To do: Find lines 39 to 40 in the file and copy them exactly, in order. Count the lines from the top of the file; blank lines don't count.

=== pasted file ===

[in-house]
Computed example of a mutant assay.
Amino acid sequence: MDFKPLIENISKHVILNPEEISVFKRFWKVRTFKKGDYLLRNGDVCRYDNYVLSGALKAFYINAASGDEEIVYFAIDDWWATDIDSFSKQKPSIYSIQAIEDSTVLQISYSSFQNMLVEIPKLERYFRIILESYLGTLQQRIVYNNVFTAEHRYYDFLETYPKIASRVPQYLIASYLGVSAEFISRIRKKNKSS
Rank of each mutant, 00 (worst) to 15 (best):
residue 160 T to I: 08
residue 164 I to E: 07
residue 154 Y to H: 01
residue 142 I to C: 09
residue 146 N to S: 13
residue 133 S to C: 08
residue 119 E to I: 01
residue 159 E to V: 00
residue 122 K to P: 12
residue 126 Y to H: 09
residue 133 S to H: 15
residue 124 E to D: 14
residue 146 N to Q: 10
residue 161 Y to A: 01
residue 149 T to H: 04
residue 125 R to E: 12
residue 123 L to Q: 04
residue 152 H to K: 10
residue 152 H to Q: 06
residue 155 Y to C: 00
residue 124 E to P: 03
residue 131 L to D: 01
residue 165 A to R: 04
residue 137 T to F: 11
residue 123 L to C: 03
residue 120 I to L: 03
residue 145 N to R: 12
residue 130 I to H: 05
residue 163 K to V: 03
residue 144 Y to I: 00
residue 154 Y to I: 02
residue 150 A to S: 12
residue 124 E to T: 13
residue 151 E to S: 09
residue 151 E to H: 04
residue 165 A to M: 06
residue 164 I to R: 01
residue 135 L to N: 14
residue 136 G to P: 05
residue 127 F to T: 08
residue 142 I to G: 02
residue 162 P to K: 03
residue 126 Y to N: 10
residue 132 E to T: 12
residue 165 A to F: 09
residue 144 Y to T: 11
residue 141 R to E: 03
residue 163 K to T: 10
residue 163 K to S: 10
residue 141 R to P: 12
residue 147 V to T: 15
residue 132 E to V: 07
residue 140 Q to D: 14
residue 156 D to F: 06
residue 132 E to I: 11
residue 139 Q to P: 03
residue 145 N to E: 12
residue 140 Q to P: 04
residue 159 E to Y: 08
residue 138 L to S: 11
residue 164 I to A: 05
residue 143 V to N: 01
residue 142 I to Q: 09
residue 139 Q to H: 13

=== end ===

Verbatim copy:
residue 151 E to H: 04
residue 165 A to M: 06